Monday, May 08, 2006

Insurance Band-Aids

"This has a lot of good stuff, a lot of bad stuff and a lot of 'I don't know stuff," one ... lobbyist says of the package."

The Florida legislative session ended late last week with passage of a 141-page insurance bill that slaps a few band-aids on what at least one legislator calls a cancerous tumor. Paige St. John, writing for the Florida flagship of Gannett Corp., offers an overview:

"The Legislature ended 60 days of session near midnight Friday agreeing to pick up $715 million of a $1.7 billion deficit brewing at Citizens Property Insurance, while requiring steep rate hikes from the state-run pool and partly lifting rate controls on other insurers.

* * *
"What we're doing here is just damage control right now," said Rep. Stan Mayfield, voicing a common sentiment among frustrated legislators. "We're just stopping the bleeding," the Vero Beach Republican said. "Then we have to cure the cancer."

* * *
The bill contains $250 million in loans to private insurance companies willing to expand in Florida and consumer-backed catastrophe coverage for the small companies that make up a third of the market.

Both are considered emergency measures.

* * *
Citizens Property Insurance estimates it would take a 60 percent increase, on top of the 45 percent rate hike it already seeks on those homes, to meet a proposed mandate to set its coastal rates high enough to cover the cost of a 100-year storm.

"It is tough," said Sen. J.D. Alexander, a lead insurance negotiator, but "it essentially represents the subsidies that have been in place for these coastal homes, for years and year and years. * * *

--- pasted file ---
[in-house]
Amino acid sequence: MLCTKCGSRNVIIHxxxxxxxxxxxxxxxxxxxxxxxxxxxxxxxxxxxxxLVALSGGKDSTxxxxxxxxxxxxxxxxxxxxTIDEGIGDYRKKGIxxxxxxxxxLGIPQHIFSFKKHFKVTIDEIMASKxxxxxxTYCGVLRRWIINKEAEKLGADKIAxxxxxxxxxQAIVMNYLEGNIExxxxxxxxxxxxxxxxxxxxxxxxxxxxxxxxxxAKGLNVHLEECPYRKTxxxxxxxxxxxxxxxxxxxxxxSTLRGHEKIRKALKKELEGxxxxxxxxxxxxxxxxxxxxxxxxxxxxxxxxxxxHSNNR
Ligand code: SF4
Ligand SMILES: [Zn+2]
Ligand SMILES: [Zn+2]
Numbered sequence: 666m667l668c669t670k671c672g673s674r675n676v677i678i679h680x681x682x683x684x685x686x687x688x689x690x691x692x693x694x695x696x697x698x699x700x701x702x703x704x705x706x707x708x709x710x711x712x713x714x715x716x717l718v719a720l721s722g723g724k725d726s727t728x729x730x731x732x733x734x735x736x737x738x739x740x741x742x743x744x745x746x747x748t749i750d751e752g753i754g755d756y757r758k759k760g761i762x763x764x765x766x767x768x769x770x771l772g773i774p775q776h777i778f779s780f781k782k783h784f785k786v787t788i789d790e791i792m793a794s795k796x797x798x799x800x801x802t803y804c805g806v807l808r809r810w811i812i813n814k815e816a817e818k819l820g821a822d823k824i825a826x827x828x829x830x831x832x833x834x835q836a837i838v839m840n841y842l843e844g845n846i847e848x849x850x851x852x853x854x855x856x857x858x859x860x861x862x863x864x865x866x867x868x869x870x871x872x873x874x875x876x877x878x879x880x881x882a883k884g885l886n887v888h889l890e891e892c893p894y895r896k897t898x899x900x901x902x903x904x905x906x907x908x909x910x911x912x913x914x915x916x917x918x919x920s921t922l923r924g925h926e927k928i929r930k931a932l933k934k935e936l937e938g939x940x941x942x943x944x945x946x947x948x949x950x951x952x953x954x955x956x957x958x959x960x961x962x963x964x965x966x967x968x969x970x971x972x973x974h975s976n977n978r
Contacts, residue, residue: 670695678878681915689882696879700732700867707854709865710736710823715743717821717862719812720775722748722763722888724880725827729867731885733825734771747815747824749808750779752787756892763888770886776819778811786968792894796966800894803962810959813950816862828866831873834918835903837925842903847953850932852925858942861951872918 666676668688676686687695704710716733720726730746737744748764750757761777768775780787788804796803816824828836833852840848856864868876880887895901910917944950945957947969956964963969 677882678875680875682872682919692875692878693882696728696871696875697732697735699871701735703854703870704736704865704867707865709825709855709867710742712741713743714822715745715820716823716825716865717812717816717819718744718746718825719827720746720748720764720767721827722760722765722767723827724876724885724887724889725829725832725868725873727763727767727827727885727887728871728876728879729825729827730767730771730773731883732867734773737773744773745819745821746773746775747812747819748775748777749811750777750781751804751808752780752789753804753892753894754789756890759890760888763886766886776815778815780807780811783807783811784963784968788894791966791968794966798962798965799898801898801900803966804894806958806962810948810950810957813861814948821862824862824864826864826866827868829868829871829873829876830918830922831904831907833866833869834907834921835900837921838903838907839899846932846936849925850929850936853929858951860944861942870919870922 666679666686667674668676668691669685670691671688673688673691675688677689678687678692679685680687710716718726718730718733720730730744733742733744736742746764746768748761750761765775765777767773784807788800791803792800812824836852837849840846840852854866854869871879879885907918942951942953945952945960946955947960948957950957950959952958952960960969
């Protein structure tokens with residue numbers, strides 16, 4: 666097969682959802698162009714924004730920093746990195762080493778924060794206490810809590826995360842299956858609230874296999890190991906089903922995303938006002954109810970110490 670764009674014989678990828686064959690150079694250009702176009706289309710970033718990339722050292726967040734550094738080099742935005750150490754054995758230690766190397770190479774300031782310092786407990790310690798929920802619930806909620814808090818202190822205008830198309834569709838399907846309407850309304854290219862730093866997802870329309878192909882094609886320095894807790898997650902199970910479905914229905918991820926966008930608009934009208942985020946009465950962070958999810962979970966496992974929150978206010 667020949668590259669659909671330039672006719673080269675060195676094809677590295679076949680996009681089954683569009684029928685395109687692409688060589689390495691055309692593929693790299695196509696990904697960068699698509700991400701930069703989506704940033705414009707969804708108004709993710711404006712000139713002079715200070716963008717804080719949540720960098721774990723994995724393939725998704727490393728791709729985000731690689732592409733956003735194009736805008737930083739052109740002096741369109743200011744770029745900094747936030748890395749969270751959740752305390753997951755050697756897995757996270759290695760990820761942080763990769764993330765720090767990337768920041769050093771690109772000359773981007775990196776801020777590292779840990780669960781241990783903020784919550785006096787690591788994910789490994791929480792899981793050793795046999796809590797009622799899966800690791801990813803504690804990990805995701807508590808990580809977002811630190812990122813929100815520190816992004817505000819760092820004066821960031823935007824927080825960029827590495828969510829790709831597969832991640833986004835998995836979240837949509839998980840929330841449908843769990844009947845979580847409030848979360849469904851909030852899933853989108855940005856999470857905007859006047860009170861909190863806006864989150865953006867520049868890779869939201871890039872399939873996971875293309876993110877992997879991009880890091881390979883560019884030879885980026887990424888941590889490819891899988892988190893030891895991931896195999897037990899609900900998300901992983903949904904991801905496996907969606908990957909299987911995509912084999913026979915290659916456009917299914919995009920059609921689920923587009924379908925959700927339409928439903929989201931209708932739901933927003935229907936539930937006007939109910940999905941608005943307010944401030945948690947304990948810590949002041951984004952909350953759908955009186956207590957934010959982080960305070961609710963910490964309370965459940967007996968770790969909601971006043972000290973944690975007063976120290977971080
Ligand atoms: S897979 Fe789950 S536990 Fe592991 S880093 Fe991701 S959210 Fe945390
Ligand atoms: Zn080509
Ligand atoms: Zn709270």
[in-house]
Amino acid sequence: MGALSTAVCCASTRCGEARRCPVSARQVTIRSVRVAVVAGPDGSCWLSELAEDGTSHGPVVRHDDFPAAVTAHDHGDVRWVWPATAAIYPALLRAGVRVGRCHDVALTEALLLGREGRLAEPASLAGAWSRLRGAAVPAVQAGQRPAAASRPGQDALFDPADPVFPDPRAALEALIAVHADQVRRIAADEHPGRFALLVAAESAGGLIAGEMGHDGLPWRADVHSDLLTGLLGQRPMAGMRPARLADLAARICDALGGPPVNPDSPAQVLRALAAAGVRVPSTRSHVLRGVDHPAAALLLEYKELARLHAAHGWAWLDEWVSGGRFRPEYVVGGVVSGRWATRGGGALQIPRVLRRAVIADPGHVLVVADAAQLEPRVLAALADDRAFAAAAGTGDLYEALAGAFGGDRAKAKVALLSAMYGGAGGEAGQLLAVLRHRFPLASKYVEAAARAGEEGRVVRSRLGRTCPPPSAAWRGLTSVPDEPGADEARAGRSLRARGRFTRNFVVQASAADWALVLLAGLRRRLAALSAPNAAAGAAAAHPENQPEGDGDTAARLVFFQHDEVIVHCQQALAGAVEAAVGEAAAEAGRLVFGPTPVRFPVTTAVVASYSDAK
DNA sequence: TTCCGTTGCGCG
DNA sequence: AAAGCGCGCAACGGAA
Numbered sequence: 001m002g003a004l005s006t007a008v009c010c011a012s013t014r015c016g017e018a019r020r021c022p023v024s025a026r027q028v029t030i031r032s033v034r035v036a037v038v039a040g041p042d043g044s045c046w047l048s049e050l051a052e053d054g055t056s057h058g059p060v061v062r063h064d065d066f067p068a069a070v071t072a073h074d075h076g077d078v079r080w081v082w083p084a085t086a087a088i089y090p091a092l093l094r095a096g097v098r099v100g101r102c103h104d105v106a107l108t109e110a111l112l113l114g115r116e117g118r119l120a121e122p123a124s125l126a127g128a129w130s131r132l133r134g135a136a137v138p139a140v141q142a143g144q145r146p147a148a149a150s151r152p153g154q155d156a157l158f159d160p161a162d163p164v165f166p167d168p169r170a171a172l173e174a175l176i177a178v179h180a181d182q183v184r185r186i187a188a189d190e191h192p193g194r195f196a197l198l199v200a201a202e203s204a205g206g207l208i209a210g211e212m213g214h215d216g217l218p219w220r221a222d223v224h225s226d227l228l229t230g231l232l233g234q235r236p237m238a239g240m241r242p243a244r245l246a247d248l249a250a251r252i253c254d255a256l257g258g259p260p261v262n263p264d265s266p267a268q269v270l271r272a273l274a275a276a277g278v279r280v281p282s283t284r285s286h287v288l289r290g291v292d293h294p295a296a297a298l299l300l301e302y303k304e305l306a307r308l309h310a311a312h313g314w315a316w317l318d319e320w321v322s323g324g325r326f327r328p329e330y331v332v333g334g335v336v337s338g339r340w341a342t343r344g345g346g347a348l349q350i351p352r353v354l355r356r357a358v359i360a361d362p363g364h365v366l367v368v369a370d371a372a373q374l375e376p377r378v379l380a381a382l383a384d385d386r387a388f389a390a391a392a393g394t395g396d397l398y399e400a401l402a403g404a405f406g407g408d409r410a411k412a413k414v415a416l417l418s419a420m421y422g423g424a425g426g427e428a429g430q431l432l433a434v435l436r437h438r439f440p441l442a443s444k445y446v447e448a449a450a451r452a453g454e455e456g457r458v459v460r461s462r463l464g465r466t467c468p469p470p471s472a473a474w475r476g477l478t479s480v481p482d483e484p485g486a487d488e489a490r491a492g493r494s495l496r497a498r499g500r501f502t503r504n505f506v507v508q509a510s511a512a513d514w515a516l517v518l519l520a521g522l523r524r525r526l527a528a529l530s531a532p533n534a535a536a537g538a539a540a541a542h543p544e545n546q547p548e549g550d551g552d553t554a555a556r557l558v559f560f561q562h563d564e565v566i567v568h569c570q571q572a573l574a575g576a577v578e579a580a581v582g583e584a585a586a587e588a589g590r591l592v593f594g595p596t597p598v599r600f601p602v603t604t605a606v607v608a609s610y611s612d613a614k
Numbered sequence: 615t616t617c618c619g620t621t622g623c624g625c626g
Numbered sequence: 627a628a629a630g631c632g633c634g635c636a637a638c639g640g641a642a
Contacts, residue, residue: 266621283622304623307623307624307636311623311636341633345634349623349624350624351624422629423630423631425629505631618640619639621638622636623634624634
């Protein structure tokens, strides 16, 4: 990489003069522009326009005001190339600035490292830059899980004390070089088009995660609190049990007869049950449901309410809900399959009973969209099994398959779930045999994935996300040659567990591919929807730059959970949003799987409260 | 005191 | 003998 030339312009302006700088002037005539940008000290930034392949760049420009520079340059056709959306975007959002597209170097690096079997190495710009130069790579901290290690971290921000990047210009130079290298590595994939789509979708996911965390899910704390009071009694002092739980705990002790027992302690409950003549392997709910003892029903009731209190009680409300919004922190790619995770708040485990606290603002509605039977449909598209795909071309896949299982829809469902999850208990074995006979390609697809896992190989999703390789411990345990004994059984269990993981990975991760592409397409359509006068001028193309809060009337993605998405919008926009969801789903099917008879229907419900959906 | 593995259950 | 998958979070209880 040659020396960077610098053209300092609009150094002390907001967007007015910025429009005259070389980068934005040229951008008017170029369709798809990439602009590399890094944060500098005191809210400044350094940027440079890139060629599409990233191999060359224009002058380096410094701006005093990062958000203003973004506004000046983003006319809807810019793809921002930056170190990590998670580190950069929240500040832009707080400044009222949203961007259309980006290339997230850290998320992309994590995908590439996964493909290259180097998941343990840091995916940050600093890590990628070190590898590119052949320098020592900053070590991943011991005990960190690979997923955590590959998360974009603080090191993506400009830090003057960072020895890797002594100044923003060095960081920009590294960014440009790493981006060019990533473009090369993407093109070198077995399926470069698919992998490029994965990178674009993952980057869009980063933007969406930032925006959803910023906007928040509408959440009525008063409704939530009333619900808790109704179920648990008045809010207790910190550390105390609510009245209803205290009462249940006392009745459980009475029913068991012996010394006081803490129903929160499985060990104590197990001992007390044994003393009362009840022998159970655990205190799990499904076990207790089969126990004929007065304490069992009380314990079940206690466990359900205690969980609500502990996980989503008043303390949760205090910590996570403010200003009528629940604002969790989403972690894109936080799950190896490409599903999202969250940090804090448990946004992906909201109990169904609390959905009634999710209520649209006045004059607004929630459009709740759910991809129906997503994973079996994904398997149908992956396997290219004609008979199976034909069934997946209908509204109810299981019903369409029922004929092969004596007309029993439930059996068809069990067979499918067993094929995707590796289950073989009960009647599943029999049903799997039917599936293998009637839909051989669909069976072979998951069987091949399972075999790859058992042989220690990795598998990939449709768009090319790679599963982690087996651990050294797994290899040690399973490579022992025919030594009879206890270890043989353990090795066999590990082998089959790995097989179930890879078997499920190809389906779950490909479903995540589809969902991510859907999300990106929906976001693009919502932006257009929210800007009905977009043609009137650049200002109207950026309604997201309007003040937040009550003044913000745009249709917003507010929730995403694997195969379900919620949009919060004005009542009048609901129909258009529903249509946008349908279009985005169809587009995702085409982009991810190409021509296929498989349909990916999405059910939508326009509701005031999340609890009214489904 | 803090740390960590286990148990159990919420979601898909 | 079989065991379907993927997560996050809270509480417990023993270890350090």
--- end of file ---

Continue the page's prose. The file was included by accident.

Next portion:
Repeatedly, lawmakers were told they have no choice but to open the door to dramatic rate increases.

"We're in a hurricane cycle for the next 10 to 20 years. It's not going to get any better," said Senate Banking and Insurance Chairman Rudy Garcia, R-Hialeah.
For a more detailed -- although admittedly preliminary -- analysis, you should wade through the Insurance Journal article. In a second editorial posted mid-day Monday, IJ also summarizes what it sees as the bill's highlights:
"The bill provides $715 million in tax dollars to help cover part of Citizens' deficit of $1.7 billion, increased rates for Citizen's policyholders, lower emergency assessments by spreading them out over 10 years, and the elimination of homes valued at over $1 million from Citizens after 2008.

Other provisions in the bill will include grants for homeowner disaster mitigation, the implementation of a flex-rating system that will allow insurers to adjust rates 5 percent statewide and 10 percent within specific region, and a provision that allows limited apportionment companies to purchase reinsurance from the Florida Hurricane Catastrophe Fund. There is also a rapid cash buildup of 25 percent for the Florida Hurricane Catastrophe Fund. Along with the positive developments some adverse provisions passed including one that will require insurers to adjust Citizens' hurricane claims beginning July 1, 2007."

If there are any winners, they would be insurance customers with a primary residence in Florida, "not vacation and seasonal homes."

Losers include "owners of $1 million-plus dwellings" who will no longer be insured by the state-owned Citizens Property Insurance. They'll have to turn to the "voluntary market" (if there is one) or "surplus lines market at unsubsidized rates."

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